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Hamas and the Two-State Solution Myth

Since Hamas initiated the latest round of fighting in Gaza, Israel’s critics have been hard-pressed to criticize the country’s need to defend its people against a barrage of hundreds of rockets fired by terrorists. But that hasn’t stopped some of them from trying to use the conflict to claim that the only solution is to further empower the Islamist terrorist group that rules over Gaza with an iron hand. That’s the prescription for a new U.S. foreign policy coming from the Daily Beast’s Peter Beinart. Beinart thinks what America and Israel need to do is try and use a cease-fire agreement to co-opt the Islamists into backing a new peace process, along with their Fatah rivals of the Palestinian Authority, as well as to promote Palestinian democracy.

It is an article of faith on the left that the two-state solution, rather than Israeli military efforts, is the only answer to Palestinian terrorism. But though most Israelis, including the government of Benjamin Netanyahu, have accepted the idea in principle, the repeated refusal of even the so-called moderate Palestinians to negotiate have rendered the idea moot for the foreseeable future. But as unrealistic as calls for Israel to do something to boost the PA are at this moment, to imagine, as Beinart does, that Hamas can be co-opted into such a process by Western recognition demonstrates an astonishing lack of understanding of the situation.

Beinart is right when he characterizes the Israeli counter-offensive as merely a short-term solution rather than a long-term strategy. Many Israelis regard Operation Pillar of Defense in much the same way they saw the 2008 campaign called Cast Lead: as nothing more than a periodic effort to hamper Hamas’s military capability. The 2005 decision to withdraw from Gaza was a security disaster, but few Israelis want any part of governing the strip again. All they want is for it to be prevented from threatening their country, and to that end they back a regular “grass cutting” in Gaza that will make it harder for Hamas to terrorize millions of Israelis the way they have in the last week.

This Israeli consensus frustrates foreign observers like Beinart who insist they can solve a problem that citizens of the Jewish state see as having been proven to be intractable by 20 years of failed peace processing. They also understand that, contrary to Beinart, the last thing Hamas wants is either peace with Israel under any circumstances or democracy for the Palestinians.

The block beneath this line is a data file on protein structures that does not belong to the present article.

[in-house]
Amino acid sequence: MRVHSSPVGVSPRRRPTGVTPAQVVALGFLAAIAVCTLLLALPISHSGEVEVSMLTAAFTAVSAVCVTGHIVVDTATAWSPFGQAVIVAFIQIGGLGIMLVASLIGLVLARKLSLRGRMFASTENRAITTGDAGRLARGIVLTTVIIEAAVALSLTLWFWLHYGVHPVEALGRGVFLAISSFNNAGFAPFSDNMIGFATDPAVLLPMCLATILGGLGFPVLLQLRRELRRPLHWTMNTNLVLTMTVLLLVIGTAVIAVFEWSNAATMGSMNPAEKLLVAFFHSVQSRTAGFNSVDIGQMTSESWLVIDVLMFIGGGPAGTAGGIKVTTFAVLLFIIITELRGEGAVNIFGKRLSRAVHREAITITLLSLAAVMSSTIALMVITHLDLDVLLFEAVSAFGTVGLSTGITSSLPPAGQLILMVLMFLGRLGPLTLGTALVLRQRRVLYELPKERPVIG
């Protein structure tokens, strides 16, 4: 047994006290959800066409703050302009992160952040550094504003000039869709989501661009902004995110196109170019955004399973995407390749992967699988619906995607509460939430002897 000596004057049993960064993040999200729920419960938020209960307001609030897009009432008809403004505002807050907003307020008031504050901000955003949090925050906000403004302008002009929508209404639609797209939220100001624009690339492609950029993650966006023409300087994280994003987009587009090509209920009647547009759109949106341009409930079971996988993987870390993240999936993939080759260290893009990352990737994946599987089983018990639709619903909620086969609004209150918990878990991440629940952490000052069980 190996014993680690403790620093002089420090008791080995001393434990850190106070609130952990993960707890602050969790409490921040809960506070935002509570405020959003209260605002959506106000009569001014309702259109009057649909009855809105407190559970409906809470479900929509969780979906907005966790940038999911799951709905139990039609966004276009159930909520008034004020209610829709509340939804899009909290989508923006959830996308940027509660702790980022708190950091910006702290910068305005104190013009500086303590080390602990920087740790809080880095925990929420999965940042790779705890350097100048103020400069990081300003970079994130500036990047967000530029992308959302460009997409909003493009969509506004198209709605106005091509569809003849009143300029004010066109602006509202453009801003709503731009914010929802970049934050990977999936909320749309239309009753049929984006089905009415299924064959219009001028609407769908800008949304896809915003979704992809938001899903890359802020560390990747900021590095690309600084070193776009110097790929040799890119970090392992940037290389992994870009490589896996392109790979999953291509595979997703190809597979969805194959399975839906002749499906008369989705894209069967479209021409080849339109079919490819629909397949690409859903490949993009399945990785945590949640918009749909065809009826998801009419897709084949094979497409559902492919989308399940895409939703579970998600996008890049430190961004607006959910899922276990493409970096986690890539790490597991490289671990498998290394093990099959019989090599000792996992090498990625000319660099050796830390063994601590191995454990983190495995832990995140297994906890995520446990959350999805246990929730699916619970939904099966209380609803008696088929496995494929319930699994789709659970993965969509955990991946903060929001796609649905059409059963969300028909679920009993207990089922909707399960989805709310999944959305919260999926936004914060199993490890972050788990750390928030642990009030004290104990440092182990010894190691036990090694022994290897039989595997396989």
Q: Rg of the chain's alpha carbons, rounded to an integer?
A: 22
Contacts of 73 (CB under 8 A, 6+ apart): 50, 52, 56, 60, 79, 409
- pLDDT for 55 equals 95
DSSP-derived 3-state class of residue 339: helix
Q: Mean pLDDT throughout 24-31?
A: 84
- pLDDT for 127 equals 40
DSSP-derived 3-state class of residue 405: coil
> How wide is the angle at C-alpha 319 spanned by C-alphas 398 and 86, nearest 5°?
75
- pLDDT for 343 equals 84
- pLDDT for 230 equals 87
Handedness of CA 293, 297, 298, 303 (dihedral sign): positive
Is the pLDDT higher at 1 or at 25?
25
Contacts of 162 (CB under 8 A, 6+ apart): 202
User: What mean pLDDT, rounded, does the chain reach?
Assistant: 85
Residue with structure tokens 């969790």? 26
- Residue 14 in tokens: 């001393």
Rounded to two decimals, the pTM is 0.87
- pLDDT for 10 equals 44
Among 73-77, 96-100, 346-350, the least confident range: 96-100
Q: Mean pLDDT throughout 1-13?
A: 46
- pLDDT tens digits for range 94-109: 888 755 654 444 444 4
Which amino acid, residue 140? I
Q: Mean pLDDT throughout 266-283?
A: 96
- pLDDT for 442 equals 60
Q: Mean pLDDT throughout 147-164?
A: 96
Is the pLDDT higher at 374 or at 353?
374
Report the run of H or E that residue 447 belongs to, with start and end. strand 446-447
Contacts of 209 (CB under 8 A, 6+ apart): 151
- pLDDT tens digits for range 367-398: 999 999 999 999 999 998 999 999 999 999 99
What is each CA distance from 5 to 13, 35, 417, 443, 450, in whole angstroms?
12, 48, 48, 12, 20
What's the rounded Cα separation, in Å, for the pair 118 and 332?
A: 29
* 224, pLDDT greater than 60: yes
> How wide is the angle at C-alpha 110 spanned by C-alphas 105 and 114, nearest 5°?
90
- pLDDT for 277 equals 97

Far from being tempted to bolster Abbas, the current Hamas campaign is intended to boost their own standing among Palestinians at Fatah’s expense. Moreover, Hamas’s leadership believes the support it has gotten from Egypt and Turkey renders Abbas obsolete. In a sense, they are right. Far from highlighting the need for a Palestinian state, the current fighting is a reminder that one already exists in Gaza and its leaders believe the Palestinian people prefer to be sacrificed on the altar of unending war with Israel than good government or peace.

Ending the West’s efforts to isolate Hamas won’t revive the two-state solution. What it would do is to legitimize a brutal, dictatorial Islamist regime in Gaza and encourage Hamas to think that they can eventually seize the West Bank as well.

Should his friends in the Obama administration heed Beinart’s point of view and the United States reward Hamas in this fashion, it wouldn’t just strengthen Hamas’s ability to withstand future Israeli counter attacks. It would also kill whatever slim hopes exist for democratization of the corrupt and violent Palestinian political culture.

Beinart concludes his piece by trotting out one of the oldest lamest arguments of those trying to revive hopes for peace with Israel’s foes. It is the old quote about the need to make peace with enemies, not your friends. But if there is anything Israelis have learned in the 20 years since Oslo, it is that you make peace with enemies who are willing to live in peace and give up the hope of your destruction, not enemies who merely wish to gain concessions prior to restarting the conflict on more advantageous terms. That’s the mistake Israel made with Yasir Arafat. It won’t make the same one with the Islamists of Hamas.

The fact that there is no long-term political solution available to Israel as it copes with a terrorist state on its doorstep is frustrating. But pundits like Beinart and the Obama administration need to be reminded that the choice facing Israel isn’t between peace and talking to Hamas. It’s between survival and death.


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